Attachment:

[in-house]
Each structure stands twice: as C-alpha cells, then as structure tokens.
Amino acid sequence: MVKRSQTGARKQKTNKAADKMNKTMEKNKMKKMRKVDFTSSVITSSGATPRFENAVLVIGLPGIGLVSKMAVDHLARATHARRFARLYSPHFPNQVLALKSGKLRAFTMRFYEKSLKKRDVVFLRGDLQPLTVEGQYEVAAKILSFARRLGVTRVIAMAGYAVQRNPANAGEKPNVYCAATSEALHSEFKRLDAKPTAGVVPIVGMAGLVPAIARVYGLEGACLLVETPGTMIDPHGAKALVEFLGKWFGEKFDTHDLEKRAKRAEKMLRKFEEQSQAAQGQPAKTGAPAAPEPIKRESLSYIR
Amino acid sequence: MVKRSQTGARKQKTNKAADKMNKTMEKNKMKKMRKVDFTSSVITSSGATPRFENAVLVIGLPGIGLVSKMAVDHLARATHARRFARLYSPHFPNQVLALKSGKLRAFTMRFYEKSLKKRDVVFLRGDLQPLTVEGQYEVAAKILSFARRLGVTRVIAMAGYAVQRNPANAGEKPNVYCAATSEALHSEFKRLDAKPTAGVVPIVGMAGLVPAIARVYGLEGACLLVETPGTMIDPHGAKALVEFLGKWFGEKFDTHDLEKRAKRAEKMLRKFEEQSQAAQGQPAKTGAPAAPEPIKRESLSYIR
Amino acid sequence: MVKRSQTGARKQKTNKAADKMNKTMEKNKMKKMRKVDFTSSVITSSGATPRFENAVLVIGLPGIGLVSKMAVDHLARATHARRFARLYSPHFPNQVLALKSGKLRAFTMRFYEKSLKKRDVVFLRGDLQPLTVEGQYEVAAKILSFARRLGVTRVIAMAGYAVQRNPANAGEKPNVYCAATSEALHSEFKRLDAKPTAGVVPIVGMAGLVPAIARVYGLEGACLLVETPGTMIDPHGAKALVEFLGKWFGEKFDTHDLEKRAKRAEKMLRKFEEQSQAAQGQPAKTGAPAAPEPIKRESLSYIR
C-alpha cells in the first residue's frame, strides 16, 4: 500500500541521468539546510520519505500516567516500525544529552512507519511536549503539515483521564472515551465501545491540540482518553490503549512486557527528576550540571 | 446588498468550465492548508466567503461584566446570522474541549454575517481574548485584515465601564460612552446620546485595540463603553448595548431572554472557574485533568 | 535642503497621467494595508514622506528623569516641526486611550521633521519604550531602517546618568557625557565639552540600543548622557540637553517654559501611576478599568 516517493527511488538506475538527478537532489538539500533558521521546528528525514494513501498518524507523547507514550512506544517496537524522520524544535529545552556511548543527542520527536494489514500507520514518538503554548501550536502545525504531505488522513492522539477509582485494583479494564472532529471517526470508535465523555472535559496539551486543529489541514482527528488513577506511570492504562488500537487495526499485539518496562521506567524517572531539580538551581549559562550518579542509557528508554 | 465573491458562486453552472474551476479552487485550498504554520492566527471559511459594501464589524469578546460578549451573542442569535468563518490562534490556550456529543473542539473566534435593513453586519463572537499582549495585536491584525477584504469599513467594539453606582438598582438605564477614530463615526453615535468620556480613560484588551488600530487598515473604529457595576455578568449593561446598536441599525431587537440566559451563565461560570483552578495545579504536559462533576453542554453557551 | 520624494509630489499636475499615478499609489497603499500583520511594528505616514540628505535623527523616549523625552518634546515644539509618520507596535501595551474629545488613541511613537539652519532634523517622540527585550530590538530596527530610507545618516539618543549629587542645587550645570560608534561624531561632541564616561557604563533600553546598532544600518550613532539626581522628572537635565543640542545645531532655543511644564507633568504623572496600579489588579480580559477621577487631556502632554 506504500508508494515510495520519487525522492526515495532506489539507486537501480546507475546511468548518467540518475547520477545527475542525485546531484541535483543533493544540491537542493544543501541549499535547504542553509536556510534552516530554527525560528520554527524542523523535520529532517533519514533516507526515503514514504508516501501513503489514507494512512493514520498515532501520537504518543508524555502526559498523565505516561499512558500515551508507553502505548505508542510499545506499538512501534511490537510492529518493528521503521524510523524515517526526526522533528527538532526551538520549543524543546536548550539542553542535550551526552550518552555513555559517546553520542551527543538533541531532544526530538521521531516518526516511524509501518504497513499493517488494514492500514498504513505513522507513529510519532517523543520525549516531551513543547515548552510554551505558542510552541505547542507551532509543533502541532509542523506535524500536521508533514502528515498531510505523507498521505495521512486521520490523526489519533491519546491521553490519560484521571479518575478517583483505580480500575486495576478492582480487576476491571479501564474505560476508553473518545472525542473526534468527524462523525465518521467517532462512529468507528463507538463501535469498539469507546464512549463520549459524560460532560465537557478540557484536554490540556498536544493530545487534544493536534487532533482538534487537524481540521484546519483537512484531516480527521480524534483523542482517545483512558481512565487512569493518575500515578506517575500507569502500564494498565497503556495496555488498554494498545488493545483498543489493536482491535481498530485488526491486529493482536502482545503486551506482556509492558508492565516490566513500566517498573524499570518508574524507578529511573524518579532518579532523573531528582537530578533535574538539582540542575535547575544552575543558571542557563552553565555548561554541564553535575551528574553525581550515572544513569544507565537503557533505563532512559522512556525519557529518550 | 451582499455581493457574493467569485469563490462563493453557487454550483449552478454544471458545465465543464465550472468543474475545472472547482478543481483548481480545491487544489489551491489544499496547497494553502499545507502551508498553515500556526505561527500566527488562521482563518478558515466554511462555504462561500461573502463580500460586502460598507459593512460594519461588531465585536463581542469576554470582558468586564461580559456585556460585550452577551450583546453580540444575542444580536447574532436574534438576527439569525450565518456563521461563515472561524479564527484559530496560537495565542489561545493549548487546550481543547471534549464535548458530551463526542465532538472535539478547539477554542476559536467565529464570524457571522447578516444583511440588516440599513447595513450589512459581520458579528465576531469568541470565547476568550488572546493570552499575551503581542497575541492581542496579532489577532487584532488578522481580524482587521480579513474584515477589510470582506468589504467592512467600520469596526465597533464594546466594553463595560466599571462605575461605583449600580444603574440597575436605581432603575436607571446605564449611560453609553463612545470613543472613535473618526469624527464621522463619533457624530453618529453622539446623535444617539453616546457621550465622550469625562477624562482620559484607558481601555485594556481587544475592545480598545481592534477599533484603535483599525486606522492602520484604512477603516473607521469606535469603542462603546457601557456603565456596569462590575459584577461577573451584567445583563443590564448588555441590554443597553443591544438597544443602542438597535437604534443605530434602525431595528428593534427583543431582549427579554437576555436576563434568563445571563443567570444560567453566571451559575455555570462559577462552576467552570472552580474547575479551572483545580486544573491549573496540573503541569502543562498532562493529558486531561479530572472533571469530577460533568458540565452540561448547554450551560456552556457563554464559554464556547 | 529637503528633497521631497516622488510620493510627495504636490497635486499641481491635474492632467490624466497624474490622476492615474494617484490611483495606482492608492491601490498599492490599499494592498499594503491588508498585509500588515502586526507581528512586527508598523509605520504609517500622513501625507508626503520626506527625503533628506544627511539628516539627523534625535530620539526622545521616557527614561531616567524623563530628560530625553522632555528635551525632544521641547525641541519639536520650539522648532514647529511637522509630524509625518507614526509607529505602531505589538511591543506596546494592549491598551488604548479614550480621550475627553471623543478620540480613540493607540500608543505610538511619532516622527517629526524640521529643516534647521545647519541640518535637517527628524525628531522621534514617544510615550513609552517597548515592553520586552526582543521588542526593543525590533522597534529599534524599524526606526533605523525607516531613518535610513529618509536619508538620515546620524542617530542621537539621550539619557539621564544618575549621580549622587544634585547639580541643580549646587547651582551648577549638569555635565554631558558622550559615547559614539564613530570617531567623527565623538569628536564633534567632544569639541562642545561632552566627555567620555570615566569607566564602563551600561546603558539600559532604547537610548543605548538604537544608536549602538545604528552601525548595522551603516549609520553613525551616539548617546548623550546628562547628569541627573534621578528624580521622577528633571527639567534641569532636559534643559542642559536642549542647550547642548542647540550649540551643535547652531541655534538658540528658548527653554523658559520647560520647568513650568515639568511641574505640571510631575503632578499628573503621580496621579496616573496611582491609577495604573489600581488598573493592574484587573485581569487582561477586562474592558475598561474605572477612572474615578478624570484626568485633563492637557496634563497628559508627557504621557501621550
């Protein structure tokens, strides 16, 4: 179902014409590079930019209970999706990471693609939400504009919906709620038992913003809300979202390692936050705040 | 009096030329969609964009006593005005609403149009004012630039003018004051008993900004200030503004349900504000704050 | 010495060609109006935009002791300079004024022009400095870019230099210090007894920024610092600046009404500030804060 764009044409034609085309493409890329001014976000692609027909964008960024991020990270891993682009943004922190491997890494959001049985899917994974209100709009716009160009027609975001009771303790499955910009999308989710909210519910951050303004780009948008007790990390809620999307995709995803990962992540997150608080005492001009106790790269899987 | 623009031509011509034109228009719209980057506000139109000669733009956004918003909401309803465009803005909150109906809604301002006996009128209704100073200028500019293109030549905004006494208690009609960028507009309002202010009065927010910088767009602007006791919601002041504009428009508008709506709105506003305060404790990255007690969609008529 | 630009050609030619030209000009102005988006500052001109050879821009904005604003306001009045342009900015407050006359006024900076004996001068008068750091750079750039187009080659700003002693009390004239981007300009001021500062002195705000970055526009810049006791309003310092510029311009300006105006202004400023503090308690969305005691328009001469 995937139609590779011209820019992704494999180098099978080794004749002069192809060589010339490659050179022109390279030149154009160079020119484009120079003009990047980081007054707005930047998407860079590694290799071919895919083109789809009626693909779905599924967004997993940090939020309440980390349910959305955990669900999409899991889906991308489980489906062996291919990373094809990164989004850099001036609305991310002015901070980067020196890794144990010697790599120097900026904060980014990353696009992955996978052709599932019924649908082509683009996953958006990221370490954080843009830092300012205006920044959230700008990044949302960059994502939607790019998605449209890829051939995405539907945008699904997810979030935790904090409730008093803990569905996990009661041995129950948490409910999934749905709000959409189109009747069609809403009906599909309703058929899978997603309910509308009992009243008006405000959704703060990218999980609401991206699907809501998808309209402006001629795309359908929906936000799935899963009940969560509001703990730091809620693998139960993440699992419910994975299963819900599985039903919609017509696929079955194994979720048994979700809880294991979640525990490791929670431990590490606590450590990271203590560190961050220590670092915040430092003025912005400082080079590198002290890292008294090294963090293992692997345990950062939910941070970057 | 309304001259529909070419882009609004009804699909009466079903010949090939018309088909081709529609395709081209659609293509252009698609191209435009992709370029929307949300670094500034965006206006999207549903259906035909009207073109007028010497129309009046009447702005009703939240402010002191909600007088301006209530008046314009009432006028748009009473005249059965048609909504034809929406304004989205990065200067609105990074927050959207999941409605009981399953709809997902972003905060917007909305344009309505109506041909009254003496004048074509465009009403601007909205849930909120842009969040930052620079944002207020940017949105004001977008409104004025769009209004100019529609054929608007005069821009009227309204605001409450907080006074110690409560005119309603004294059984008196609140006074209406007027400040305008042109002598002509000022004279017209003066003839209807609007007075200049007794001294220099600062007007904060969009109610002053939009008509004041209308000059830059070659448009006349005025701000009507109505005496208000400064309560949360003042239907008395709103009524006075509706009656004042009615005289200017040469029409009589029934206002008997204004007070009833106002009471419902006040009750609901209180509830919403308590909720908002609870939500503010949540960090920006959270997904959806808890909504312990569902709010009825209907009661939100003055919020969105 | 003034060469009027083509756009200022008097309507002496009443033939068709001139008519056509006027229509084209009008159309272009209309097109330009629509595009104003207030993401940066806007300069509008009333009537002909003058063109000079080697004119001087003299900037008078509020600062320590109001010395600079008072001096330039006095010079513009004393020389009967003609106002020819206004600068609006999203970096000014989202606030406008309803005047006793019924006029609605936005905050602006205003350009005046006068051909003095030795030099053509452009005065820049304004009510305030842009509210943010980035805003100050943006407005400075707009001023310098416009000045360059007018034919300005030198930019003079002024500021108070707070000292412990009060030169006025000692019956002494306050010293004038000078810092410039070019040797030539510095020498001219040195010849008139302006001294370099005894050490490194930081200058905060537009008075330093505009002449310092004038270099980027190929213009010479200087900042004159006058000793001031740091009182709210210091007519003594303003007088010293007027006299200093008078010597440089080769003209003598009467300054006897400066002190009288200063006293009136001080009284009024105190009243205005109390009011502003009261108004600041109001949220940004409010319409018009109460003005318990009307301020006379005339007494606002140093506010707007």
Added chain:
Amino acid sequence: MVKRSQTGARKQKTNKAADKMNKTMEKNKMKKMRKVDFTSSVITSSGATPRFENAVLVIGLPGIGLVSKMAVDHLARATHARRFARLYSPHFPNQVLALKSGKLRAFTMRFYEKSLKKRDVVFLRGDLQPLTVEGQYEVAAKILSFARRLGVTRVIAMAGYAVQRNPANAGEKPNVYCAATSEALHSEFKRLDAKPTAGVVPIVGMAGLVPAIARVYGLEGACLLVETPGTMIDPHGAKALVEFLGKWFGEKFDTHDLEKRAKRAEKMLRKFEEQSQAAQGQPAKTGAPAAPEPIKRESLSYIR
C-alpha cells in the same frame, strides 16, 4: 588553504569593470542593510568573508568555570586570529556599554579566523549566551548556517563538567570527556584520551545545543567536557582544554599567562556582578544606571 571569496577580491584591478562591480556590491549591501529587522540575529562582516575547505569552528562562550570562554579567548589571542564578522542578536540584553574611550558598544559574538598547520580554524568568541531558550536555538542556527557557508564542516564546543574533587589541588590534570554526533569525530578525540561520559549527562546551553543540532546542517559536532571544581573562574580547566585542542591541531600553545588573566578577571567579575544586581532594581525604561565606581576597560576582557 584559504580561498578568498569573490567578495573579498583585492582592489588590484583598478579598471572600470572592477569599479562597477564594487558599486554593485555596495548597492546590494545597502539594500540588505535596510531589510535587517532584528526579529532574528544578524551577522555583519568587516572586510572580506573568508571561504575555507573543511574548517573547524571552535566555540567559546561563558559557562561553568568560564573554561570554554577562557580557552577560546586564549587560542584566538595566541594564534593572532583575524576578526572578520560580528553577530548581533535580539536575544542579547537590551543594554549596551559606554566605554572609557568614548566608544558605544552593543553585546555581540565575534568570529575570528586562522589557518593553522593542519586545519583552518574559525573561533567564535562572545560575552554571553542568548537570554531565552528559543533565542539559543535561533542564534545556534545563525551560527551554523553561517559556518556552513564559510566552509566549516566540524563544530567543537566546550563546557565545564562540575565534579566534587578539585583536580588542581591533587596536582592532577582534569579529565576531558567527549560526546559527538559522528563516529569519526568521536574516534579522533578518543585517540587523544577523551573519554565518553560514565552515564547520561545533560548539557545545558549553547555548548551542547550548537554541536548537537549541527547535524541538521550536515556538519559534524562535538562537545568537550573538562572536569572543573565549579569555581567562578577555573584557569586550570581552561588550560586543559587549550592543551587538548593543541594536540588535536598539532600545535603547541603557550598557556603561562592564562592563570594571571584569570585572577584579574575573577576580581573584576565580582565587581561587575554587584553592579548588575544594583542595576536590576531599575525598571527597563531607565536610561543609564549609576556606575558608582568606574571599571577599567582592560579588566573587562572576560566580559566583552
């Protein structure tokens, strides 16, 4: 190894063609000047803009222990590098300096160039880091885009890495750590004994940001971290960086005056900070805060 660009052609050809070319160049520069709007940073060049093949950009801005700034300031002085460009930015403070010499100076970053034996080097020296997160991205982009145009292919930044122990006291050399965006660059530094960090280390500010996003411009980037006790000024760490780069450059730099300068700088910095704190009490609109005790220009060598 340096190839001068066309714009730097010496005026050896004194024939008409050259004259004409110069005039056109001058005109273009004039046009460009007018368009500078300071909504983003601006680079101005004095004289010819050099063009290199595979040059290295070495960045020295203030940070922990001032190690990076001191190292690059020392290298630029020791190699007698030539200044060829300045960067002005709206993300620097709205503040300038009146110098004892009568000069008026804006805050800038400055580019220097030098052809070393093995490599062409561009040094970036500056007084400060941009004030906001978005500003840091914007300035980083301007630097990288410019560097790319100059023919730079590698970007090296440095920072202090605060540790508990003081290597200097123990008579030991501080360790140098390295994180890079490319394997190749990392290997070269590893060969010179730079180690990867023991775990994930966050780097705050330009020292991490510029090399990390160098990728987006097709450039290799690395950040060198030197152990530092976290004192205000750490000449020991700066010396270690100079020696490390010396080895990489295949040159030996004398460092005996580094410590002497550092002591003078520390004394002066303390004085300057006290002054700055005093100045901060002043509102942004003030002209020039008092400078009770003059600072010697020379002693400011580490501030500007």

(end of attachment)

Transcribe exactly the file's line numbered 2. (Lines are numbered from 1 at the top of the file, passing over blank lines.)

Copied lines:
Each structure stands twice: as C-alpha cells, then as structure tokens.